Maybe this would change with a 150ft barrel (so don't go that long)!!
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      #6  
    Unread 10-22-2011, 05:21 PM
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    Re: Barrle Length...

    Looking at Liljas data it shows the the 250 gr projectile has an optimum barrel length of 42 & 44 inches in regards to velocity, any longer and the projectile begins to drop in velocity.

    Now looking at the same data, the 300 gr is still gaining in velocity at these lengths. This is very interesting, because the only change in variables is the weight of the projectile.

    I would expect just the opposite in velocities vs the 250 and the 300 gr bullets. But according to the data provided, it is not the case. By that I mean the 300 is still climbing in velocity at 46 inches where as the 250 is falling off. Why?

    According to Lilja the increase in performance for the 300 was based on a heavier projectile, slow burn powder, and a longer barrel will equal an increase in overall velocity. Looking at the data on the 320 gr this theory does not apply.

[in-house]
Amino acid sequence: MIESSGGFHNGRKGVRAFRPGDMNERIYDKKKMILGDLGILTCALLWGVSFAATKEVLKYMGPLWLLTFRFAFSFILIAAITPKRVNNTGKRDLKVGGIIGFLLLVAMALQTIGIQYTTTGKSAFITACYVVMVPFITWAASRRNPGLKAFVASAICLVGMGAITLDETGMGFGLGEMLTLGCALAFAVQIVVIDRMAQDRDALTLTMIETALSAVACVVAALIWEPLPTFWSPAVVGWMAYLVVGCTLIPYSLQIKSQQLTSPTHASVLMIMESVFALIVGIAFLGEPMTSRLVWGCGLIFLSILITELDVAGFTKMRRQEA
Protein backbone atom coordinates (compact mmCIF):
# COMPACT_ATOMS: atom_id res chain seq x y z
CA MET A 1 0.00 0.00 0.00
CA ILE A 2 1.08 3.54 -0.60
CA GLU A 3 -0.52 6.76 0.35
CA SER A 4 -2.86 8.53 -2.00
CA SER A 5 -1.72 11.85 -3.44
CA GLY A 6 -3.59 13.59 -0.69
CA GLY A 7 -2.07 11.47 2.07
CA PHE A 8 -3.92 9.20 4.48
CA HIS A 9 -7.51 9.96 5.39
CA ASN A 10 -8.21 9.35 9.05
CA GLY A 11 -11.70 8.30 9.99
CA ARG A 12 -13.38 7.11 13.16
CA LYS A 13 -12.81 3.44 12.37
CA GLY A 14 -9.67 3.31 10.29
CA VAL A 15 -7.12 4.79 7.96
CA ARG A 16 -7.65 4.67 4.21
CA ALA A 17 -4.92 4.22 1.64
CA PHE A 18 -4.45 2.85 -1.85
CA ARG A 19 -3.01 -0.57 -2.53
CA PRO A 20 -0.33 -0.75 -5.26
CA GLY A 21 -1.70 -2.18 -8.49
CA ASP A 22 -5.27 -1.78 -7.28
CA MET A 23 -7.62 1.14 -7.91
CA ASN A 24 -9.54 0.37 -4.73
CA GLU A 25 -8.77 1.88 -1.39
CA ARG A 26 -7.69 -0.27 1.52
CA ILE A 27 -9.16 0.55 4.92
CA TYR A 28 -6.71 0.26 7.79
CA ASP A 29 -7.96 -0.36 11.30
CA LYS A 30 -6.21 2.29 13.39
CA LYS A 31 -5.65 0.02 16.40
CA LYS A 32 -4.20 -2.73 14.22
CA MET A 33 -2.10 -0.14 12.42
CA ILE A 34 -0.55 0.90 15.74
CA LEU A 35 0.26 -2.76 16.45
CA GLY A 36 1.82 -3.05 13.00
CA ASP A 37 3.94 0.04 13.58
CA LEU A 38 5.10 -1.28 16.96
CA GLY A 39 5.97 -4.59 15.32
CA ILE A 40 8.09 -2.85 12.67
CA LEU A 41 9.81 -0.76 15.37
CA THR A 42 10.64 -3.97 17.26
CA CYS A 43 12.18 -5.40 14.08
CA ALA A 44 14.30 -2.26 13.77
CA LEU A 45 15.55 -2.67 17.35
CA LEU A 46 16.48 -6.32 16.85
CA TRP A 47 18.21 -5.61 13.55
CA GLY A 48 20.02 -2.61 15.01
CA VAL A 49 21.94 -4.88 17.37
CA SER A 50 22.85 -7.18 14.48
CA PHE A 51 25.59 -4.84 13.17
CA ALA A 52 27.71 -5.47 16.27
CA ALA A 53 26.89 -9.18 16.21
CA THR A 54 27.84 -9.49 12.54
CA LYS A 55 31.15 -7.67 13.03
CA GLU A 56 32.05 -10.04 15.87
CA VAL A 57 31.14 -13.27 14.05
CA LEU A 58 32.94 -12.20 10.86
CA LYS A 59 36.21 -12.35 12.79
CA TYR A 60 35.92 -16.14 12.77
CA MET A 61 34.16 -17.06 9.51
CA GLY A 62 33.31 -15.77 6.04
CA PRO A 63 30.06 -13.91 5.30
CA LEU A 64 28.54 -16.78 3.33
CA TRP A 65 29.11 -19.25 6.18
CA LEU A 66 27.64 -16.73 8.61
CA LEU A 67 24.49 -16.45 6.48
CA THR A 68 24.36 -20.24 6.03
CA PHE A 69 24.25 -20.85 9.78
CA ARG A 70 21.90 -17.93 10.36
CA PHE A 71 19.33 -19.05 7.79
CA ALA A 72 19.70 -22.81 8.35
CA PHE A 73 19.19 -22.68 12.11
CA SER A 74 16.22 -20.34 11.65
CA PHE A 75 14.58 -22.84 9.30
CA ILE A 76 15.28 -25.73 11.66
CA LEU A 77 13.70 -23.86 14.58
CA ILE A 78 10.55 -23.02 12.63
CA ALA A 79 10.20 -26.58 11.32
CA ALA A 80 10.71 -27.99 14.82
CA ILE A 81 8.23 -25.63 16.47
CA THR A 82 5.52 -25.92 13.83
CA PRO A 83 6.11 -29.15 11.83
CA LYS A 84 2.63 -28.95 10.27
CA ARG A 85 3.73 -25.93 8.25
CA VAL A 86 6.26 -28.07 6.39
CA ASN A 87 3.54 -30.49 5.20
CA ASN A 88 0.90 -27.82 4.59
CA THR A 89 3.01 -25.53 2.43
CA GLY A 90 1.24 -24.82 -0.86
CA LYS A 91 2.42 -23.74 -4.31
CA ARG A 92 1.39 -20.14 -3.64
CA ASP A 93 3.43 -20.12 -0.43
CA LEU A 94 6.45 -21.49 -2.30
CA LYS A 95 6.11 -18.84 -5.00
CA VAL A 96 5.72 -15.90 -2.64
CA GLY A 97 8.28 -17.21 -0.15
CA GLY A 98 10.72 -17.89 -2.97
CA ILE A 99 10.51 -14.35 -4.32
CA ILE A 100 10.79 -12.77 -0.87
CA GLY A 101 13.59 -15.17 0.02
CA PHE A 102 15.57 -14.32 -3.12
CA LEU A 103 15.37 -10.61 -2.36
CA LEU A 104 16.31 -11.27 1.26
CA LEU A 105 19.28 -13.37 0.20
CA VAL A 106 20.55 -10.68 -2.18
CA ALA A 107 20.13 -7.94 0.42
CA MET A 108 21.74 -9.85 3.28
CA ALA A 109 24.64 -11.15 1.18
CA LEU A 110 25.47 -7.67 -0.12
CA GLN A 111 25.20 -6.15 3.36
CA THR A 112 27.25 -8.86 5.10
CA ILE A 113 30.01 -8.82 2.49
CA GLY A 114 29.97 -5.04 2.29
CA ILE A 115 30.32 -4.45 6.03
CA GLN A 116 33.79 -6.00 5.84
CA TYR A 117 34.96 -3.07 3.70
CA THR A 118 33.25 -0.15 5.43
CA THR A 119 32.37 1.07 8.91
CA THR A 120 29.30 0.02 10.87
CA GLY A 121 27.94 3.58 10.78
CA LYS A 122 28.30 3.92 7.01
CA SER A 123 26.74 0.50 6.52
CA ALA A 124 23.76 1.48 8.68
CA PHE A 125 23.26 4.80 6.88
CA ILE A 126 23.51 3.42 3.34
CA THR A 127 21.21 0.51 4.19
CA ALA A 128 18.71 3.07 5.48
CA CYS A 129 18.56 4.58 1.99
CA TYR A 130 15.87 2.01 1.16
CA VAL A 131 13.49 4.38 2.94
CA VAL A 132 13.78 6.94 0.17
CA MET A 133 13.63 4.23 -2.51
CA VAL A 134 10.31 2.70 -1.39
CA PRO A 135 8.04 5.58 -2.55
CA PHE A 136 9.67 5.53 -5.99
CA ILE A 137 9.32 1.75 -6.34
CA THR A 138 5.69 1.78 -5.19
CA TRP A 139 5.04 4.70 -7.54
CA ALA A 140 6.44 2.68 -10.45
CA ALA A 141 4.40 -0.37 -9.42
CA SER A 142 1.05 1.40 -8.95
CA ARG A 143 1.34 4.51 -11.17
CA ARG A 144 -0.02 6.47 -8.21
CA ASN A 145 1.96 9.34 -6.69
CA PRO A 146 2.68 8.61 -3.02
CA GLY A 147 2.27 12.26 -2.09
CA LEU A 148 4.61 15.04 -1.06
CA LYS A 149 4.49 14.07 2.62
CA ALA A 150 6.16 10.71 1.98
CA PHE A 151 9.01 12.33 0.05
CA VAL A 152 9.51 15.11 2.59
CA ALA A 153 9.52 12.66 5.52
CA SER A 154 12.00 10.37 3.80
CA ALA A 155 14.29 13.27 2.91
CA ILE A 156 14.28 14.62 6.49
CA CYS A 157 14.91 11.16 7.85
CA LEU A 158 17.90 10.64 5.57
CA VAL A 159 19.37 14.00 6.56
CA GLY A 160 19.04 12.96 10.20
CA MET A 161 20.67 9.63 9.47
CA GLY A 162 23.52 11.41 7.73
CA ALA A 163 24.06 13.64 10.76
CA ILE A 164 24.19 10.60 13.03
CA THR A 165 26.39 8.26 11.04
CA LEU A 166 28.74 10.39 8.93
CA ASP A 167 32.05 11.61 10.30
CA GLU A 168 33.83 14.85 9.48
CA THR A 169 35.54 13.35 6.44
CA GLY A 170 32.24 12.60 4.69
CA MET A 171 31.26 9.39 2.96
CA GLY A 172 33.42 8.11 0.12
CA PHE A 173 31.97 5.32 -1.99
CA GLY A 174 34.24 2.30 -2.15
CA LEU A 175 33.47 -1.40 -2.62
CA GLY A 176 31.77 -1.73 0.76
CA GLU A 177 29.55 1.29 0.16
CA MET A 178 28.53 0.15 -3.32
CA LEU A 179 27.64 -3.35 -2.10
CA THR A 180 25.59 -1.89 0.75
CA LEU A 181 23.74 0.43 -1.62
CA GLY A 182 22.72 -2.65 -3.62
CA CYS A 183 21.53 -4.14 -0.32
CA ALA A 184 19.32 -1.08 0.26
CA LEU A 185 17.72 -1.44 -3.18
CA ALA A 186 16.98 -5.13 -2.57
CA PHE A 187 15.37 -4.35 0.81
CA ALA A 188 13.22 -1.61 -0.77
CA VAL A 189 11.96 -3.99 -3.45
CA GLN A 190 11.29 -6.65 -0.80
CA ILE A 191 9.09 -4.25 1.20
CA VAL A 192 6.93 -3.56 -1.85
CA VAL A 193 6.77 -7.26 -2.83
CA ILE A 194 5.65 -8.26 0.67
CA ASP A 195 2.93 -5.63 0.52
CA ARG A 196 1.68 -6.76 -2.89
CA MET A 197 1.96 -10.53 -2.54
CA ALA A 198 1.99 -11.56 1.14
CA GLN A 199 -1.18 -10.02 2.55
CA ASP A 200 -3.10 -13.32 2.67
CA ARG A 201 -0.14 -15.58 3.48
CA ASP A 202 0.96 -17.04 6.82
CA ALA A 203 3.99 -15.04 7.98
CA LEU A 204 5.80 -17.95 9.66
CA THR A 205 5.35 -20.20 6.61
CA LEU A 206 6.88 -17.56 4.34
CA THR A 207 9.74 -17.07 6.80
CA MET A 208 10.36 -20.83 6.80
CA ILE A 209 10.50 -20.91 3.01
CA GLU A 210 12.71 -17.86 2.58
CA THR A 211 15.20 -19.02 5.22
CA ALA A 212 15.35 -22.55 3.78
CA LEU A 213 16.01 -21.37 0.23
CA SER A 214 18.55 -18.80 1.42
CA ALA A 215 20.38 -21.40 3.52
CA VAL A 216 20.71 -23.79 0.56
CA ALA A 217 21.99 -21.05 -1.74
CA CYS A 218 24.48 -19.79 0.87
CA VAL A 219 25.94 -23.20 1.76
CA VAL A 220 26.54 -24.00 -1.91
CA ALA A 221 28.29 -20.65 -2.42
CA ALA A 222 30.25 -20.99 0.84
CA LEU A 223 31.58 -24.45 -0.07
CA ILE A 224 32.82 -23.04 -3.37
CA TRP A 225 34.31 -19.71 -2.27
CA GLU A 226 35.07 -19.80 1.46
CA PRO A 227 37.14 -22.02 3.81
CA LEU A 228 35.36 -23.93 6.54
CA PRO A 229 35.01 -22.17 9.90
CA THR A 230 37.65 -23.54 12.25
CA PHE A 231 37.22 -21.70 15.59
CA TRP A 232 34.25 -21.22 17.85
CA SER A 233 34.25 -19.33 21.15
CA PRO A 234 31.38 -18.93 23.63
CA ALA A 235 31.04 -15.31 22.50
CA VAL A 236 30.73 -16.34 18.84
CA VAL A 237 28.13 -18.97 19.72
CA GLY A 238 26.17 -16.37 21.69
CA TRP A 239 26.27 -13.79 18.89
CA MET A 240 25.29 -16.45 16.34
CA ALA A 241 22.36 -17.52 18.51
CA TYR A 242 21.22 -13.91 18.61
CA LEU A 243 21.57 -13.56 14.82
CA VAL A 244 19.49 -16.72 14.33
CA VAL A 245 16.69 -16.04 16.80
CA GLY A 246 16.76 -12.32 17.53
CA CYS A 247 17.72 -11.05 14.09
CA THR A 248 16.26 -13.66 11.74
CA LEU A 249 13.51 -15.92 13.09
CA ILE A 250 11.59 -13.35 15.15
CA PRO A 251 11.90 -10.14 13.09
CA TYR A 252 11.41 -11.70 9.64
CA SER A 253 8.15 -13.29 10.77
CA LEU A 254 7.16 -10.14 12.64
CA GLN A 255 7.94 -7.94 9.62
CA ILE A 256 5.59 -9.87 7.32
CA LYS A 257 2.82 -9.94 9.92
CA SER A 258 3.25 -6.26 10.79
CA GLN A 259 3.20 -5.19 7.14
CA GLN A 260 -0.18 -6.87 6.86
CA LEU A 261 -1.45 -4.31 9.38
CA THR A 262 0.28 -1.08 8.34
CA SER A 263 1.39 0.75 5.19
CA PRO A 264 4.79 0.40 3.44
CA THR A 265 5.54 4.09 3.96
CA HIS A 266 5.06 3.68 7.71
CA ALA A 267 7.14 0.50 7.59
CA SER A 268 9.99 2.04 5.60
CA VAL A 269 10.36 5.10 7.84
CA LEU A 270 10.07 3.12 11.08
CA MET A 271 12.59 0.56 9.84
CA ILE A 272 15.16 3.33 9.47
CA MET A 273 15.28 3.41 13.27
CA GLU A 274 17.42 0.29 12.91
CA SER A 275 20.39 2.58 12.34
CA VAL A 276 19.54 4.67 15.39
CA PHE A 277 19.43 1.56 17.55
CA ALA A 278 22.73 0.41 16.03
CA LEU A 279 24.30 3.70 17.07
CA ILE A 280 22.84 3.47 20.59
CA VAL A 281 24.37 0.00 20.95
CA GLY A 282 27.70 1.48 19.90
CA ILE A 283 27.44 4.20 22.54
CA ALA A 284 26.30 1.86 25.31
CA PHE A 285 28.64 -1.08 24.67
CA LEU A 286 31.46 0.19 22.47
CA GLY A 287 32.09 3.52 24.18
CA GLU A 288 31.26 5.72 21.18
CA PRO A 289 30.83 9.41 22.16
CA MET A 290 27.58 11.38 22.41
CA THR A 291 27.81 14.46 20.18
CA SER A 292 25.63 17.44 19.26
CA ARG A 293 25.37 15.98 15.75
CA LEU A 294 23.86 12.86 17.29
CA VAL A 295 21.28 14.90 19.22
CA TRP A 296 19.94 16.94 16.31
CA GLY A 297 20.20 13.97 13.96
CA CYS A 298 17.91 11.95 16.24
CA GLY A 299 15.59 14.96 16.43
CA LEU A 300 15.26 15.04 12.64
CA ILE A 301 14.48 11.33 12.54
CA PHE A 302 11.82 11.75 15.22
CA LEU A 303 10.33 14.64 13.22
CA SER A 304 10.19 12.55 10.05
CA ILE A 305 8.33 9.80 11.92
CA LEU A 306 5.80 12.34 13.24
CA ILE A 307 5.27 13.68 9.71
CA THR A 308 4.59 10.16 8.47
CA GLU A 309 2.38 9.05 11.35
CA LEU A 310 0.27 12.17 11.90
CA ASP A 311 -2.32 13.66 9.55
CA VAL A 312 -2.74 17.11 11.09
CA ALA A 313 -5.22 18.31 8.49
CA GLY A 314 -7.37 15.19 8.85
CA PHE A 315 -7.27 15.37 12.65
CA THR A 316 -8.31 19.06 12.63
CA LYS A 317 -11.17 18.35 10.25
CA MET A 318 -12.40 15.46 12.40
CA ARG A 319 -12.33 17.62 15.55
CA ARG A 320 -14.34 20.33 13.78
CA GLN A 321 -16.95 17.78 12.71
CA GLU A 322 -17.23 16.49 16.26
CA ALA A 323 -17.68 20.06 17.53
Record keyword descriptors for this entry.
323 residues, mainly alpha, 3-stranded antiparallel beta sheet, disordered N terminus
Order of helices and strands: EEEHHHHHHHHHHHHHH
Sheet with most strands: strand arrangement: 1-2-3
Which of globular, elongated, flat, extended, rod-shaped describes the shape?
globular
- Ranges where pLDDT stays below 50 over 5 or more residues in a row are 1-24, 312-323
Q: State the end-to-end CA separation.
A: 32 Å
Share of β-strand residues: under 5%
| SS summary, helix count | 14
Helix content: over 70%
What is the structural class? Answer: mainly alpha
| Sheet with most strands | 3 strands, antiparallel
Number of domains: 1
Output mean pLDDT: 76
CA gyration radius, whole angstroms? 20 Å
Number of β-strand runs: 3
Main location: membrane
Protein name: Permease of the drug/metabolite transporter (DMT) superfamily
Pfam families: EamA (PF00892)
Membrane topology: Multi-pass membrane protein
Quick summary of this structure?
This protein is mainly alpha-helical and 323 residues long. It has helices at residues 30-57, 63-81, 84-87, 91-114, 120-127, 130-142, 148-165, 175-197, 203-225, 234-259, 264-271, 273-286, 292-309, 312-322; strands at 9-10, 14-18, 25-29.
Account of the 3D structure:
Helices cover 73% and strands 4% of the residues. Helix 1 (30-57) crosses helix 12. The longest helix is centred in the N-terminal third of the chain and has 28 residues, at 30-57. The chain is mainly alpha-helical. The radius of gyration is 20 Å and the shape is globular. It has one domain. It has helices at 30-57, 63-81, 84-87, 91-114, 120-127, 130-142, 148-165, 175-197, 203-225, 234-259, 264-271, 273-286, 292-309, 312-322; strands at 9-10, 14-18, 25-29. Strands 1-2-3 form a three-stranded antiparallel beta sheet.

Last edited by The Surgeon; 10-22-2011 at 05:25 PM.
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      #7  
    Unread 10-22-2011, 05:47 PM
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    Re: Barrle Length...

    I don't know what data you're referring to, but I suspect you misunderstood it.
    The bullets would not drop off in VELOCITY, but instead would drop off in VELOCITY GAIN.

    That is, beyond a certain point velocity gain rate decreases with increments of increased barrel lengths. But velocity IS still going up.
    You want to have enough barrel that muzzle pressures are not a problem, and yet there is little gain in going more than needed for good accuracy.

    Last edited by Mikecr; 10-22-2011 at 05:50 PM.